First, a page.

--> Creating resources ... "s2i-dotnetcore-persistent-ex" created "s2i-dotnetcore-persistent-ex" created "s2i-dotnetcore-persistent-ex" created
	service "s2i-dotnetcore-persistent-ex" created
--> Success
	Build scheduled, use 'oc logs -f bc/s2i-dotnetcore-persistent-ex' to track its progress.
	Application is not exposed. You can expose services to the outside world by executing one or more of the commands below:
 	'oc expose svc/s2i-dotnetcore-persistent-ex'
	Run 'oc status' to view your app.

Use the oc status command or the OpenShift web console to monitor the deployment’s progress. Once the application is deployed, expose it externally and capture the URL:

$ oc expose service s2i-dotnetcore-persistent-ex exposed
$ oc get route s2i-dotnetcore-persistent-ex
NAME                       	HOST/PORT                                             	PATH  	SERVICES                   	PORT   	TERMINATION   WILDCARD
s2i-dotnetcore-persistent-ex   s2i-dotnetcore-persistent-ex-mssqldemo.apps-crc.testing         	s2i-dotnetcore-persistent-ex   8080-tcp             	None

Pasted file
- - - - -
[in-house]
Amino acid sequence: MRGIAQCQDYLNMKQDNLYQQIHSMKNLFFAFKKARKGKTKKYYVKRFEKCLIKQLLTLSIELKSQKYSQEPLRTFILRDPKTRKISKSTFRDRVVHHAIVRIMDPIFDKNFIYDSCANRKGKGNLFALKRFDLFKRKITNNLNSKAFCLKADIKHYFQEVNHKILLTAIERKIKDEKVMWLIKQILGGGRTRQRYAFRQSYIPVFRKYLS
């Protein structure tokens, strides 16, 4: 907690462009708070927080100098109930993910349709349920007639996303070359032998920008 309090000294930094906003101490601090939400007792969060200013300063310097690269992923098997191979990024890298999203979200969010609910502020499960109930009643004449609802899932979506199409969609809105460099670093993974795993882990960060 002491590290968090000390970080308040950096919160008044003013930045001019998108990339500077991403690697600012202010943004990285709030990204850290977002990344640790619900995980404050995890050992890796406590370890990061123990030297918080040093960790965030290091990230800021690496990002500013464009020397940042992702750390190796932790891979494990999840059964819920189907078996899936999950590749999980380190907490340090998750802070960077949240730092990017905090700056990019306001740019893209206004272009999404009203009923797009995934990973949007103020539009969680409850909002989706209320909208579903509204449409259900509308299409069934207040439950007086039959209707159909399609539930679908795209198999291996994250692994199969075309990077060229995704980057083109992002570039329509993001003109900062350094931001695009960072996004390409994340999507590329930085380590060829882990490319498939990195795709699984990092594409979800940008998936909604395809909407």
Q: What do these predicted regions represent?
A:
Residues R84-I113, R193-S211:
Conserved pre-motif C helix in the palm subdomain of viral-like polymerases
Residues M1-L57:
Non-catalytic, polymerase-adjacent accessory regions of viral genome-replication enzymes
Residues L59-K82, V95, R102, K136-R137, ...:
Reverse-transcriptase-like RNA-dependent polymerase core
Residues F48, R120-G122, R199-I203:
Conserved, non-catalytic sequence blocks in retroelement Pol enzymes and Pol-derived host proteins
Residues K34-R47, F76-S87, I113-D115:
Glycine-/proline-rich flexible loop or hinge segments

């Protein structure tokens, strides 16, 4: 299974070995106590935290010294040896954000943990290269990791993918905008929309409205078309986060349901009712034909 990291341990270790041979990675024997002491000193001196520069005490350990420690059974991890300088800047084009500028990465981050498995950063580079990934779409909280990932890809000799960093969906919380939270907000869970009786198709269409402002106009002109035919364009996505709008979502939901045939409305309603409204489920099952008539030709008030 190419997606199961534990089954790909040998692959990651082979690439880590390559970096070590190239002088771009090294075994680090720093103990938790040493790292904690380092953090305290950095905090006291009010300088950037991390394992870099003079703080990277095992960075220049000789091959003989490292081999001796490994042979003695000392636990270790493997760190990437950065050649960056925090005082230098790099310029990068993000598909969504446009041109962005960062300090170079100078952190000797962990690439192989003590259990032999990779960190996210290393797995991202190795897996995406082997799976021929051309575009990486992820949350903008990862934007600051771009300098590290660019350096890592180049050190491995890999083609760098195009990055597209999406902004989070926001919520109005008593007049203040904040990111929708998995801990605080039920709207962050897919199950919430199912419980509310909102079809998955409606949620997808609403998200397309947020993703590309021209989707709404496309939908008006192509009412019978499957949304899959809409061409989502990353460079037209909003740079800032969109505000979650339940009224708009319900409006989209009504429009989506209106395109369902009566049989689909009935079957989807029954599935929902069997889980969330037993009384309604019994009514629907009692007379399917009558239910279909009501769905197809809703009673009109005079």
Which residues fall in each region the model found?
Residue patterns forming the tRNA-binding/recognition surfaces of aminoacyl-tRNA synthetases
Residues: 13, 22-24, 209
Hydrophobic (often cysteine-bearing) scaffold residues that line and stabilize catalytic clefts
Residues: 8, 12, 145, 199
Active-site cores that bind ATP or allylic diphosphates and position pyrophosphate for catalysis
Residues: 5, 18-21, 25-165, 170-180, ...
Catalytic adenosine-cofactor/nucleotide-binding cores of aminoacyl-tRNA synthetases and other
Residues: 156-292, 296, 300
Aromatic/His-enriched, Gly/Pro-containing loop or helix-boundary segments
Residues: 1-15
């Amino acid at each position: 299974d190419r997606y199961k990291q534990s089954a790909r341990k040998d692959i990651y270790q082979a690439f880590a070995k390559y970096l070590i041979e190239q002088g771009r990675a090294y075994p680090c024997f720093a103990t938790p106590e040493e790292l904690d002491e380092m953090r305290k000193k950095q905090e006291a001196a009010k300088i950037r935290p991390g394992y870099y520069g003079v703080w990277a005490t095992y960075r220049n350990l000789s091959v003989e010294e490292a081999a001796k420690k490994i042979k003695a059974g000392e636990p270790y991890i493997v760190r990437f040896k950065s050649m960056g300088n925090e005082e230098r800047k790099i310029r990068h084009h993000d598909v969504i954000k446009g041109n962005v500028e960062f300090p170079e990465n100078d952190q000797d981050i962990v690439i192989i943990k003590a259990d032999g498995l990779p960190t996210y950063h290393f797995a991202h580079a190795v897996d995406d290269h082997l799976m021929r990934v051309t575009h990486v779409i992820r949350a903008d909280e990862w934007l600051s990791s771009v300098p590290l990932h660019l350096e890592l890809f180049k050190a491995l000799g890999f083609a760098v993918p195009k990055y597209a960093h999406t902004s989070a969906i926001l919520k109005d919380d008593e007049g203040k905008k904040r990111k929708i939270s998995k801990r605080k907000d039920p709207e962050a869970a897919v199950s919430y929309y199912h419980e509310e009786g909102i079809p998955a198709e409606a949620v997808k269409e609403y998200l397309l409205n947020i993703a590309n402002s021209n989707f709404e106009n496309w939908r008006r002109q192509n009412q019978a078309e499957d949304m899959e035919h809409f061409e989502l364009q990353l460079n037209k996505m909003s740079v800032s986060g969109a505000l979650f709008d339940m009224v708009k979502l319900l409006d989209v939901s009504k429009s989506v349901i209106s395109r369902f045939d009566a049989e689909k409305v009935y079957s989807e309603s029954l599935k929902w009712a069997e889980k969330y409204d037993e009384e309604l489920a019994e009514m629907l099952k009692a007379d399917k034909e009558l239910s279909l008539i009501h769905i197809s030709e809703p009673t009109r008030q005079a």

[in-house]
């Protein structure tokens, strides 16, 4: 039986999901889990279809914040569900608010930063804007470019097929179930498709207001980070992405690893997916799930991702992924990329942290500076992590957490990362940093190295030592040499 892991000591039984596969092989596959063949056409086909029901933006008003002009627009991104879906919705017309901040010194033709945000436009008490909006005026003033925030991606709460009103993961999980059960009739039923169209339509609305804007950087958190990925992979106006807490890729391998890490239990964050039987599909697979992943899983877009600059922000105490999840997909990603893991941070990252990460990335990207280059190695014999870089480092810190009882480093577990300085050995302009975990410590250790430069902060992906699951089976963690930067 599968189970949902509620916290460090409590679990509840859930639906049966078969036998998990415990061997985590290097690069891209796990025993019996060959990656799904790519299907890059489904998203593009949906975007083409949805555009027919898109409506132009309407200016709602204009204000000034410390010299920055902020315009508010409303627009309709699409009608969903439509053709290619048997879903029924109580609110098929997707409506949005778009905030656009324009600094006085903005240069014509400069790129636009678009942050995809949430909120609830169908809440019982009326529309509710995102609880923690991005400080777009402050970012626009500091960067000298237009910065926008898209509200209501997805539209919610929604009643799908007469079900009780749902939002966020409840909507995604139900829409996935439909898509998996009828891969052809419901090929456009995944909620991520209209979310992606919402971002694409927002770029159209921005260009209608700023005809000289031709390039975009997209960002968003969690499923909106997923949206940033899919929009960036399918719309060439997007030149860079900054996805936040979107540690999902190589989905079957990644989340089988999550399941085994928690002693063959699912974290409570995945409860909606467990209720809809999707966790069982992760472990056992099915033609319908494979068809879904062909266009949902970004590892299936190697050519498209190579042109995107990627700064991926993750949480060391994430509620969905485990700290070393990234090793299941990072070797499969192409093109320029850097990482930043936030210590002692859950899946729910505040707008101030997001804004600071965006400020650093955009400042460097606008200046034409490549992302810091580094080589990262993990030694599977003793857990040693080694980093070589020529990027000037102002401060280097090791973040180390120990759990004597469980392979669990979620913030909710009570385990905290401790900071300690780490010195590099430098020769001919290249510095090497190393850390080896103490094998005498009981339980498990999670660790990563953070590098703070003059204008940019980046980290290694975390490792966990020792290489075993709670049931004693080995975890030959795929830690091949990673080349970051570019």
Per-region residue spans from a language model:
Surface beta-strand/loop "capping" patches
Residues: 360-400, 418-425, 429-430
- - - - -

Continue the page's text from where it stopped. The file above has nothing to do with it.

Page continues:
When browsing to the URL, note that the application is running from an in-memory database.

Adding contacts

Next, we’ll add a few contacts, as shown in Figure 1.

A screenshot of the application dialog to add contacts from the in-memory database.

Figure 1: Adding contacts from the application’s in-memory database.

We’ll use the oc set env command to configure the application to connect to SQL Server. Then, we’ll add the data from mssql-secret to the application’s deployment configuration:

$ oc set env --from=secret/mssql-secret dc/s2i-dotnetcore-persistent-ex --prefix=MSSQL_

The oc set env command restarts the application and connects to the Microsoft SQL Server running on OpenShift. Now you can create, remove, and update contacts in the database. Figure 2 shows a list of contacts.

A list of contacts in the Microsoft SQL Server database.

Figure 2: Contacts in the Microsoft SQL Server database.

Connecting from a local .NET application

It is sometimes useful to connect to SQL Server on OpenShift from a .NET application that is running on your development machine. I’ll show you how to do that next.

First, let’s get the application source code:

$ git clone
$ cd s2i-dotnetcore-persistent-ex
$ git checkout dotnetcore-3.1-mssql
$ cd app

Use the oc get pod command to identify the SQL Server pod. Then, enter the oc port-forward command to expose SQL Server on the local machine:

$ oc get pod | grep mssql | grep Running
mssql-1-288cm                           1/1       Running     0          34m
$ oc port-forward mssql-1-288cm 1433:1433
Forwarding from -> 1433
Forwarding from [::1]:1433 -> 1433